Stye, Chalazion and Blepharitis

Blepharitis

BlepharitisBlepharitis is an inflammation of the eyelid margins. Symptoms include crusting debris on the eyelashes, redness, soreness, swelling, eyelid sticking, itching, foreign body sensation, tearing and/or contact lens discomfort. Since meibomian glands are located in the eyelids, their dysfunction can cause Dry Eye. Actually blepharitis and dry eye frequently occur together.

Blepharitis can be due to a bacterial, parasitic (for example eyelash mites like Demodex) or fungal infection. Blepharitis is due to overgrowth of bacteria that live on the eyelid margins which produce a biofilm (similar to plaque on your teeth). With time, this biofilm acts as a food source for parasitic eyelash mites. Blepharitis is frequently associated with skin conditions like acne rosacea, seborrheic dermatitis and psoriasis.

Treatment consists of warm compresses to help melt the crusted residue on the eyelid margins and open the pores of the meibomian glands followed by eyelid scrubs to remove buildup of biofilm and excess bacteria from the lid margins. Scrubs can consist of cleansing pads or eyelid cleansers containing pure hypocholrous acid that is non toxic to cells, or diluted baby shampoo. Omega-3 fatty acids supplements and eating fatty fish such as salmon and sardines as well as flaxseed also help improving blepharitis by improving the function of the meibomian glands and their oily secretions. Topical medication drops or ointment can also be prescribed especially in cases where the eye is secondarily involved, so called conjunctivitis or pink eye. The condition would then be called blepharoconjunctivitis.

The treatment of blephairitis is essential for treating patients with coexisting dry eye as good function of the meibomian glands is critical for a healthy oily layer of the tear film. Blepharitis can also lead to a stye or chalazion, if it is not treated.

Stye/Chalazion

Stye on EyelidA stye or hordeolum is formed when a bacterial infection affects either the root (follicle) of an eyelash, called external hordeolum or affects an oil-producing meibomian gland, called internal hordeolum. It produces a painful red and swollen lump in the border of the upper or lower eyelid that lasts several days and usually heals spontaneously. The symptoms you may experience are tenderness to touch, foreign body sensation, tearing, scratching, and sometimes light sensitivity. Styes are commonly associated with blepharitis which needs to be treated if present. When the stye does not spontaneously resolve, it becomes non infectious and is no longer tender. This is called a chalazion and consists of clogged oily material in the meibomian gland.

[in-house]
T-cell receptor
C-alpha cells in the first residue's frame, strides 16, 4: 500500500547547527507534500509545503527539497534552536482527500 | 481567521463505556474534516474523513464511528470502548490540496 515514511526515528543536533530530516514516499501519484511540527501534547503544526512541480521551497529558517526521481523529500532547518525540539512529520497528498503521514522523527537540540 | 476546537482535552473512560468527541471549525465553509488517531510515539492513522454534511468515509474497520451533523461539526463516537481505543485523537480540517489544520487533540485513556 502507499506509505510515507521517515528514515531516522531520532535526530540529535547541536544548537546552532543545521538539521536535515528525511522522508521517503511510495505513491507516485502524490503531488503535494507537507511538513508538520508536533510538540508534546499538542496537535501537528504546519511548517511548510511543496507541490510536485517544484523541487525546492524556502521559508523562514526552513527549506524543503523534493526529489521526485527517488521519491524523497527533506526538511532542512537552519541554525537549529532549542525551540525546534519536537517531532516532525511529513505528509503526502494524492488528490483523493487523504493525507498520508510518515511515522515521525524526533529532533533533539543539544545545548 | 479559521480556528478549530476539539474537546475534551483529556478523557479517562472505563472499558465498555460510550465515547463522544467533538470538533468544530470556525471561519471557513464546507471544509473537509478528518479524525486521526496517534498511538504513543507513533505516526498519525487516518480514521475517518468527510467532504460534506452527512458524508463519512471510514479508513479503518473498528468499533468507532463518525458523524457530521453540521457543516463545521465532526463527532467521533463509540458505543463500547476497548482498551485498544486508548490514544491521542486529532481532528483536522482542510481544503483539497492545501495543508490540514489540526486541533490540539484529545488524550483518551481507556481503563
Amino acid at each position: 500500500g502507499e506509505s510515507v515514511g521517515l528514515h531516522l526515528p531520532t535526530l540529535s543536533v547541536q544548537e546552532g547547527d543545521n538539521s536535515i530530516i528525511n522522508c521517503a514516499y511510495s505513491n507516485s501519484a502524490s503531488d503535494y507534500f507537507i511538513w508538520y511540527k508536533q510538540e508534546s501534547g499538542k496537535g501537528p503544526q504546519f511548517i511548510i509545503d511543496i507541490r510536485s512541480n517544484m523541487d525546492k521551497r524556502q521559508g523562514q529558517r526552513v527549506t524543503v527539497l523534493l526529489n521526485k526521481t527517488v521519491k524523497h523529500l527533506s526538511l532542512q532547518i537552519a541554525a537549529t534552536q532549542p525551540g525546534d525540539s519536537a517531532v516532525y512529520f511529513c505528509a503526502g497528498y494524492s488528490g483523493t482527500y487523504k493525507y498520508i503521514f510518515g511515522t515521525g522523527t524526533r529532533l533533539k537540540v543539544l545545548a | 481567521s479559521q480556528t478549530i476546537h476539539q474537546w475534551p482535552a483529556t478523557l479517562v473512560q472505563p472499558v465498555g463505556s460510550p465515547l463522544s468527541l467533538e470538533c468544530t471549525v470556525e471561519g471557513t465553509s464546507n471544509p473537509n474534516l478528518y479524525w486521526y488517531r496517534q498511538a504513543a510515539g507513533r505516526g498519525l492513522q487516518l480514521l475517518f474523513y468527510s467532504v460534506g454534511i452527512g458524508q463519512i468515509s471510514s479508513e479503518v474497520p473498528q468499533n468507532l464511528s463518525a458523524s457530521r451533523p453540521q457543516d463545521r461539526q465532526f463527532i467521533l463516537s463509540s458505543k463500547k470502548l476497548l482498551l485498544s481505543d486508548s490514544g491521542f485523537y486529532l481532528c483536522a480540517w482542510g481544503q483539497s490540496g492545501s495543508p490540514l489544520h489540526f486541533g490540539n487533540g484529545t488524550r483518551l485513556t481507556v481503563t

Treatment of a stye/chalazion consists of cold compresses when it is tender to touch because tenderness means that there is active inflammation and cold compresses act as an anti-inflammatory agent. If warm compresses are used at this stage, they may worsen inflammation by bringing more blood flow to the area. Antibiotics are sometimes given for an infected stye. It is best for you not to try to pop a stye as it could spread the infection to the rest of the eyelid. After a stye/chalazion becomes no longer tender, warm compresses followed by gentle massage of the eyelid helps it resolve most of the time. When conservative methods are not effective, it is usually because scar tissue formed around the clogged oil gland and prevents drainage of its oily material. In this case, it needs to be drained with a simple in-office procedure under local anesthesia. Steroid injections are an alternative procedure to allow drainage. However, a side effect of steroid injections is that they could cause an area of hypopigmentation of the surrounding skin especially in dark skinned people. In the event that a chalazion keeps recurring in the same spot of the eyelid, the tissue may be sent for biopsy to rule out the possibility of an eyelid tumor.

The best way to prevent a stye/chalazion from developing is to add omega-3 fatty acids supplements, fatty fish such as salmon and sardines as well as flaxseed to your diet to help improve the function of the meibomian glands and their oily secretions. In addition, it is important to keep a once daily schedule of warm compresses and eyelid scrubs to keep the meibomian glands healthy.

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PALM BEACH EYE CENTER

Victor Farris Medical Bldg.
1411 N. Flagler Dr, Suite 8100
West Palm Beach, FL 33401

Phone:  561-366-8300 | Fax: 561-366-8320

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